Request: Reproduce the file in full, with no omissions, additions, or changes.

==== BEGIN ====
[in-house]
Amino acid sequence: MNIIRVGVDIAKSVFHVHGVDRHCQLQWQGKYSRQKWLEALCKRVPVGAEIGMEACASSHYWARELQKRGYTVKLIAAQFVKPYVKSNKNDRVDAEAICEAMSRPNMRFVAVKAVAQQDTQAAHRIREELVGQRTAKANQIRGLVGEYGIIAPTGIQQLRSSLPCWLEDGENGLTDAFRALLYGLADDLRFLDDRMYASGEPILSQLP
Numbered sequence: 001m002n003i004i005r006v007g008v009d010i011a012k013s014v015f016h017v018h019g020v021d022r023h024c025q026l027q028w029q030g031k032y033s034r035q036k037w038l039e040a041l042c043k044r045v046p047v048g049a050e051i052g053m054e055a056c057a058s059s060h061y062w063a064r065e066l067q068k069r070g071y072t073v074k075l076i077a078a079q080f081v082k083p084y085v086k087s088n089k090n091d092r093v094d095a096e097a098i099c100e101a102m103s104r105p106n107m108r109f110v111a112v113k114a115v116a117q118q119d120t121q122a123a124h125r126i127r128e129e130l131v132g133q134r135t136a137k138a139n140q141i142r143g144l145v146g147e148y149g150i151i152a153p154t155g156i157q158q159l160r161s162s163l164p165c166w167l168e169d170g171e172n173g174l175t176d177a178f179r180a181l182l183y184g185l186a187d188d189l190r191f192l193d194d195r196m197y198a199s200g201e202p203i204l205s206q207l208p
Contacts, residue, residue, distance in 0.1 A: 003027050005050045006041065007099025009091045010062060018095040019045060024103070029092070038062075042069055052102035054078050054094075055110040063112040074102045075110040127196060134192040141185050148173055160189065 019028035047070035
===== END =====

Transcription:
[in-house]
Amino acid sequence: MNIIRVGVDIAKSVFHVHGVDRHCQLQWQGKYSRQKWLEALCKRVPVGAEIGMEACASSHYWARELQKRGYTVKLIAAQFVKPYVKSNKNDRVDAEAICEAMSRPNMRFVAVKAVAQQDTQAAHRIREELVGQRTAKANQIRGLVGEYGIIAPTGIQQLRSSLPCWLEDGENGLTDAFRALLYGLADDLRFLDDRMYASGEPILSQLP
Numbered sequence: 001m002n003i004i005r006v007g008v009d010i011a012k013s014v015f016h017v018h019g020v021d022r023h024c025q026l027q028w029q030g031k032y033s034r035q036k037w038l039e040a041l042c043k044r045v046p047v048g049a050e051i052g053m054e055a056c057a058s059s060h061y062w063a064r065e066l067q068k069r070g071y072t073v074k075l076i077a078a079q080f081v082k083p084y085v086k087s088n089k090n091d092r093v094d095a096e097a098i099c100e101a102m103s104r105p106n107m108r109f110v111a112v113k114a115v116a117q118q119d120t121q122a123a124h125r126i127r128e129e130l131v132g133q134r135t136a137k138a139n140q141i142r143g144l145v146g147e148y149g150i151i152a153p154t155g156i157q158q159l160r161s162s163l164p165c166w167l168e169d170g171e172n173g174l175t176d177a178f179r180a181l182l183y184g185l186a187d188d189l190r191f192l193d194d195r196m197y198a199s200g201e202p203i204l205s206q207l208p
Contacts, residue, residue, distance in 0.1 A: 003027050005050045006041065007099025009091045010062060018095040019045060024103070029092070038062075042069055052102035054078050054094075055110040063112040074102045075110040127196060134192040141185050148173055160189065 019028035047070035